Scientists Have Big Hopes For Tiny Lasers Researchers say they have produced the world's smallest laser — a thousand times smaller than the diameter of a human hair. Scientists hope they can be used to create even smaller and faster electronics and to study human cells.
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Scientists Have Big Hopes For Tiny Lasers

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Scientists Have Big Hopes For Tiny Lasers

Scientists Have Big Hopes For Tiny Lasers

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Lasers are incredibly useful. Think of your CD player or the supermarket checkout scanner. And some lasers are so small, they can fit on a computer chip. But those lasers look huge next to the latest development.

As NPR's Richard Harris reports, scientists say that they have built the world's smallest laser. And that it opens up all sorts of new possibilities.

RICHARD HARRIS: Conventional wisdom has it that lasers can only be miniaturized so far. That's because to create a laser beam, a light literally bounces around inside of a chamber. And since a light wave has a certain length, it essentially needs room to turn around. But six years ago, Mark Stockman at Georgia State University started thinking outside the box.

Dr. MARK STOCKMAN (Georgia State University): I got an idea to create a laser whose size is not limited to conventional limitation of laser.

HARRIS: Stockman realized that a rapidly vibrating electron, sitting on the surface of a tiny piece of metal, could actually produce laser light.

Dr. STOCKMAN: This is a nano-pendulum, basically. It can be confined to almost any small place.

HARRIS: In 2003, Stockman issued a challenge to the growing field of nanotechnology: figure out how to build these vibrating electrons, or nano-pendulums, in real life. They're called plasmons, by the way. Many research groups took up the challenge. And in the past few months, three have declared victory. One is a team that includes Mikhail Noginov at Norfolk State University. They made a laser out of a bead of gold that's so small you can't even see it under the microscope. It's just 44 nanometers across.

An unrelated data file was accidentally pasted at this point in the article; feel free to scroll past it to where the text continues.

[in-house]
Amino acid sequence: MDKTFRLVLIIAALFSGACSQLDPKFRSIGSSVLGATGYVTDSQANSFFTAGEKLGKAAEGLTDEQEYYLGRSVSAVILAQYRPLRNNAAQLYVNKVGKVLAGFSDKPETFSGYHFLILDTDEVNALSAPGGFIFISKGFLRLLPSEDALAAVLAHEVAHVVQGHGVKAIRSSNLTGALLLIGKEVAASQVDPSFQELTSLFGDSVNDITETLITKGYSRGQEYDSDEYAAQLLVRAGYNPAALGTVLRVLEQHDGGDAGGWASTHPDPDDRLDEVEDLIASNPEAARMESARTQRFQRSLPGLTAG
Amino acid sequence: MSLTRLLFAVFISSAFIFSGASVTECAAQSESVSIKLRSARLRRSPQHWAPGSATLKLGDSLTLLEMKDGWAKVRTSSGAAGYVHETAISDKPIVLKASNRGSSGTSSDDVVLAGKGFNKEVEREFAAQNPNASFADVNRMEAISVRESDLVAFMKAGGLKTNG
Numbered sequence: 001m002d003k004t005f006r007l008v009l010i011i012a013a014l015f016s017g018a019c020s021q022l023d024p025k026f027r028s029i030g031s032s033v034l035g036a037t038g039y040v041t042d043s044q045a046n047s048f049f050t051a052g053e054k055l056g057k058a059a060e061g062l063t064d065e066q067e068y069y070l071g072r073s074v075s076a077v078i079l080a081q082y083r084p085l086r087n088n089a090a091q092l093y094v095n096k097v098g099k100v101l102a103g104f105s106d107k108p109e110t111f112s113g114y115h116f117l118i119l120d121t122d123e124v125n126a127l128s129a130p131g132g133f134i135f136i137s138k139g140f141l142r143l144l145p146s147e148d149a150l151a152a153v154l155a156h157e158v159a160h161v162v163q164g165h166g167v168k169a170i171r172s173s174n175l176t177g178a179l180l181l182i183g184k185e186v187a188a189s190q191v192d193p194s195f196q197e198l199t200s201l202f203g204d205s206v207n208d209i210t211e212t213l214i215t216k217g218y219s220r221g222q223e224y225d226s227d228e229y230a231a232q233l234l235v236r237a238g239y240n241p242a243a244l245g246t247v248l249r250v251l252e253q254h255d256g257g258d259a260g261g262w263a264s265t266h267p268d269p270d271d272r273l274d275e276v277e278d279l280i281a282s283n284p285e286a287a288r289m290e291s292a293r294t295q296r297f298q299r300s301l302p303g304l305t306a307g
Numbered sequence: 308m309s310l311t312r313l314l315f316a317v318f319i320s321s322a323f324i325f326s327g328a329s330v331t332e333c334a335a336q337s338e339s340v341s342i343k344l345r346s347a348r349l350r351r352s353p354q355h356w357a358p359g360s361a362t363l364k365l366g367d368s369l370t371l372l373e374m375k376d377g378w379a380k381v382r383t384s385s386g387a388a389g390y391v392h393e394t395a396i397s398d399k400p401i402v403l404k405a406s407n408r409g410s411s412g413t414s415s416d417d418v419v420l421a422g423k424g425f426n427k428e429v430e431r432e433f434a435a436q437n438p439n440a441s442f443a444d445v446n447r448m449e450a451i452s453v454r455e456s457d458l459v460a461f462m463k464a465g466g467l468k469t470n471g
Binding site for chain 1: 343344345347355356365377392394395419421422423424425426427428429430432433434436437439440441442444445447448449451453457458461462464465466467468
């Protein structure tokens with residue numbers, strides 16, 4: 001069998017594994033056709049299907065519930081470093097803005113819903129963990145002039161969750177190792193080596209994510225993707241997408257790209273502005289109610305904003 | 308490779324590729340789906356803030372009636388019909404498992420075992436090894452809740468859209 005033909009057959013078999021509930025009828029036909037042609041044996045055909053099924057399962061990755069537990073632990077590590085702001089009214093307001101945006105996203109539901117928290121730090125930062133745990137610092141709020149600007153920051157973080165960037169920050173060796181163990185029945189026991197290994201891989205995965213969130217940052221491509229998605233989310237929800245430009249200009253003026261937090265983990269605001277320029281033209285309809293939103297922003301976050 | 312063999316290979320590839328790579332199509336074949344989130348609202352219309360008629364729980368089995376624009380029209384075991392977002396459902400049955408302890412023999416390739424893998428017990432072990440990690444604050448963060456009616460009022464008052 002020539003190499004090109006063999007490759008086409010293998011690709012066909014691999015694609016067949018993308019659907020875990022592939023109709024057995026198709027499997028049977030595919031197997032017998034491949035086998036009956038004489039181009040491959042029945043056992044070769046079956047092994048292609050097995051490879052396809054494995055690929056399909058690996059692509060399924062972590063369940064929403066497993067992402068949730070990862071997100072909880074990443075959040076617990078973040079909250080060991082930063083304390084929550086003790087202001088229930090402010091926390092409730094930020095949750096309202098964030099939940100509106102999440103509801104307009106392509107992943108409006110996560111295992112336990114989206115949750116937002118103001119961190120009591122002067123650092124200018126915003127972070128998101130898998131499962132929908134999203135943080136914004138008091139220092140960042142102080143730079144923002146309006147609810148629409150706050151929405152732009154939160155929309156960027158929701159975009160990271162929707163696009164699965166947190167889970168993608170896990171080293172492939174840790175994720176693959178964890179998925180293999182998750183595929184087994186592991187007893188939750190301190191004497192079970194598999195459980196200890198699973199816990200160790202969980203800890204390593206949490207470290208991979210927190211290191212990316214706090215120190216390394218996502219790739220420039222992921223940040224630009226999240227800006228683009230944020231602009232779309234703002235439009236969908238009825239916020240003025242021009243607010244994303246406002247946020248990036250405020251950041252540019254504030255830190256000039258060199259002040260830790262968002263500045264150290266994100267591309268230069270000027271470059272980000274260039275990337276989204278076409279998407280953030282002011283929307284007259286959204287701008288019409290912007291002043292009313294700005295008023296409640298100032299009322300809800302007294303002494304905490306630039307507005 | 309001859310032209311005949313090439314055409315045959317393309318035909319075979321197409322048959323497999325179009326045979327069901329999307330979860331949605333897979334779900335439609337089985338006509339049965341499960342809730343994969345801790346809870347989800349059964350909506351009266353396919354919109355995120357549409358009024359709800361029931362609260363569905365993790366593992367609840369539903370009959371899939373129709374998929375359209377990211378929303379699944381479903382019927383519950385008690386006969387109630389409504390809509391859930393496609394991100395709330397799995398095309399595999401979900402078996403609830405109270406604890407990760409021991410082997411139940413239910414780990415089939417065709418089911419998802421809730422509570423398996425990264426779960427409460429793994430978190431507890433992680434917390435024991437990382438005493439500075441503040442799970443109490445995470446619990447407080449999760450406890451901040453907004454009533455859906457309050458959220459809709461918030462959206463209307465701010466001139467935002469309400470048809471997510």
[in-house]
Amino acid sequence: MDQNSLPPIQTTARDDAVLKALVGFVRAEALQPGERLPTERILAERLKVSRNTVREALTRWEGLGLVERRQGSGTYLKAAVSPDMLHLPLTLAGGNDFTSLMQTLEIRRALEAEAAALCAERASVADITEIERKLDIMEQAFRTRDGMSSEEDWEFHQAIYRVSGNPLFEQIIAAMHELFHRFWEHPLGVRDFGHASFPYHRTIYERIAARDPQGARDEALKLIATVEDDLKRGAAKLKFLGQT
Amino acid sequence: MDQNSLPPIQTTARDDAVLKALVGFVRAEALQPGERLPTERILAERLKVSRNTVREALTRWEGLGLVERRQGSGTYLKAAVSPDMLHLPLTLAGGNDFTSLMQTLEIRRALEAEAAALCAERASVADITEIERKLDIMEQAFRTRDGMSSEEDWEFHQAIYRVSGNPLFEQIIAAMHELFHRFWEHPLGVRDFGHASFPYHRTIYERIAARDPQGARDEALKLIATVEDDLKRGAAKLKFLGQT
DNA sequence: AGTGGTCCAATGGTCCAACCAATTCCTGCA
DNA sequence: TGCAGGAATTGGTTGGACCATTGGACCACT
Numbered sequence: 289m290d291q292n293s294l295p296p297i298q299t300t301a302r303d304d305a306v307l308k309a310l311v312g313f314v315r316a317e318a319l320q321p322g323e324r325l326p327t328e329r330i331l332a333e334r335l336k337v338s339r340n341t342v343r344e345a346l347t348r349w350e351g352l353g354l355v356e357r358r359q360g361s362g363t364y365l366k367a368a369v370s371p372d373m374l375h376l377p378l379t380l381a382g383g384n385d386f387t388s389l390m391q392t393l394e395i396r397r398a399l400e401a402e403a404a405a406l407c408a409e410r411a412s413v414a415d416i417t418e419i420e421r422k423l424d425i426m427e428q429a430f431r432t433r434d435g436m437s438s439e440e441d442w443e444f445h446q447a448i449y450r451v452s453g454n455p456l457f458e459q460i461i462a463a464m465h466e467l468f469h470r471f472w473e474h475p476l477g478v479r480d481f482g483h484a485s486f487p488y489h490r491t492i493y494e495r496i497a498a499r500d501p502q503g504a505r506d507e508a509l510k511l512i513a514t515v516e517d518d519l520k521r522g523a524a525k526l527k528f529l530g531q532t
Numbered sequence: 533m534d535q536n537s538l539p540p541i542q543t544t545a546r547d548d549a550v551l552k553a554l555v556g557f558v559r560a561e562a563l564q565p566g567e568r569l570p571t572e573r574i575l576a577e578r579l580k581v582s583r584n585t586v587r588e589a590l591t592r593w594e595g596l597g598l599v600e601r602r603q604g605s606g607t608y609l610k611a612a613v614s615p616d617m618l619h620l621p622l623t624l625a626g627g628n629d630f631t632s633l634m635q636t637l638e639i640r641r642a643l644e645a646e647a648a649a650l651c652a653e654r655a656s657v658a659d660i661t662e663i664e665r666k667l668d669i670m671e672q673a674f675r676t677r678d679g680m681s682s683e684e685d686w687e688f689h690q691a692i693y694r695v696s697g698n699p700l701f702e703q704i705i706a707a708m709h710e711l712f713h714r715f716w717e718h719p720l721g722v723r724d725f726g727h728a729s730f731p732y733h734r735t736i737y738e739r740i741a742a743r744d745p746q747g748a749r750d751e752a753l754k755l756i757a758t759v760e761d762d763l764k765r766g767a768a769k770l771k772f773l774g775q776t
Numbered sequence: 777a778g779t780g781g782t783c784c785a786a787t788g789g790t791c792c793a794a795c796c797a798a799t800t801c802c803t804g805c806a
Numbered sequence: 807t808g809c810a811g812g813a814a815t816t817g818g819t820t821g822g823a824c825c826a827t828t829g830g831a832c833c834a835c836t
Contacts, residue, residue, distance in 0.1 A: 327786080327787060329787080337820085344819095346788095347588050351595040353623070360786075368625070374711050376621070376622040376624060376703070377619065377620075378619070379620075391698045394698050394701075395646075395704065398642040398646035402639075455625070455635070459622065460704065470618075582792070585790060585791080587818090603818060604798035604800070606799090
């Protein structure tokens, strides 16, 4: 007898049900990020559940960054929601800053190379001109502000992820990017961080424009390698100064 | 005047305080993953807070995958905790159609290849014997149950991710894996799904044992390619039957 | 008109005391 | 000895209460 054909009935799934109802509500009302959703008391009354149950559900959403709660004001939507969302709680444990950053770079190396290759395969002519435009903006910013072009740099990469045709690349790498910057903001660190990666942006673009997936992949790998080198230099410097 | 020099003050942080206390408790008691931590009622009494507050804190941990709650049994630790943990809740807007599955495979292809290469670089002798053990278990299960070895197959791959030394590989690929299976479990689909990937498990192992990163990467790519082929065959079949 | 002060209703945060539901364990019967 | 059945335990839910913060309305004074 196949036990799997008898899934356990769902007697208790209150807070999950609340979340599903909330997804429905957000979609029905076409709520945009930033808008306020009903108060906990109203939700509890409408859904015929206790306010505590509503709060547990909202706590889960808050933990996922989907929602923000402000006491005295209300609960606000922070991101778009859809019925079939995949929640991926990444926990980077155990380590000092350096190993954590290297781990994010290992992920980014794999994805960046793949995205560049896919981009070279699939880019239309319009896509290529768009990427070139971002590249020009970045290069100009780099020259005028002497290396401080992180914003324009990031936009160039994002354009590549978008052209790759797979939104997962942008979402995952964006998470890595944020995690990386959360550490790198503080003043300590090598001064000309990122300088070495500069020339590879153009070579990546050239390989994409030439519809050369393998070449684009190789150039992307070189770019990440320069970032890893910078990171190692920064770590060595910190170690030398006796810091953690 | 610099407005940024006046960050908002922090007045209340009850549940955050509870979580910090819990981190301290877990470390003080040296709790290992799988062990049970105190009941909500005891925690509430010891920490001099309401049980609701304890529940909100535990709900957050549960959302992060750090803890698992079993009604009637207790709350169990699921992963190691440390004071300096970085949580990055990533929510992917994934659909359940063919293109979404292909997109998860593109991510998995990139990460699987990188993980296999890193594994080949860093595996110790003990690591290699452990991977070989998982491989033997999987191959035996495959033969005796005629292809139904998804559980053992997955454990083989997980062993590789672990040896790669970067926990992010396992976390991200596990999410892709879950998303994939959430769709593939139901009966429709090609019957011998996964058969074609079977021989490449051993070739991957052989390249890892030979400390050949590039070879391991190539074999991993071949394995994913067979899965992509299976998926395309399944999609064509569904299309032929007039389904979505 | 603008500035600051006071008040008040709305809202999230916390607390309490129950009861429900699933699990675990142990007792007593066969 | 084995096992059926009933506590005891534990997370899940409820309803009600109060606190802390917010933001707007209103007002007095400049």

Dr. MIKHAIL NOGINOV (Norfolk State University): For the comparison, the thickness of the human hair is 50 micrometers. So our device is about 1,000 times smaller than that.

HARRIS: Now, Noginov didn't just build the world's smallest laser for bragging rights. Lasers on this scale can produce tiny light sources, which in turn can help scientists capture images of tiny things we really care about, like the molecules inside our bodies. But the biggest potential here may be a new generation of computers. They could be 1,000 times faster than computers today. But, of course, they have to be wired into a circuit.

Dr. NOGINOV: If you want to use it in electronics, you want to attach it with wires to the rest of the circuit.

HARRIS: And that's the challenge. It's not so easy to accomplish using Noginov's free-floating bead of gold. But other research groups are hot on that trail. One is in the Netherlands. Another is at the University of California at Berkeley. Xiang Zhang at Cal is author of a new paper "In Nature." His group's current nano-laser can, in theory, be put right onto a computer chip.

Dr. XIANG ZHANG (University of California at Berkeley): All the processes we are using here is already used in the semiconductor manufacturing. So I would not think it will take too long to reach real application, maybe a few years.

HARRIS: And those real applications could include future generations of computer storage. Impressed they can already cram a whole movie onto a DVD? Those are burned with today's lasers. Zhang says there's plenty of room for improvement.

Dr. ZHANG: For example, you can use this to make very high density DVD recorders. You may be able to store the whole library into a one disc.

HARRIS: An entire library on a disc.

Dr. ZHANG: Right.


Dr. ZHANG: That's a possibility.

HARRIS: Of course, the most exciting thing about new technologies is you never know where they will lead.

Richard Harris, NPR News.

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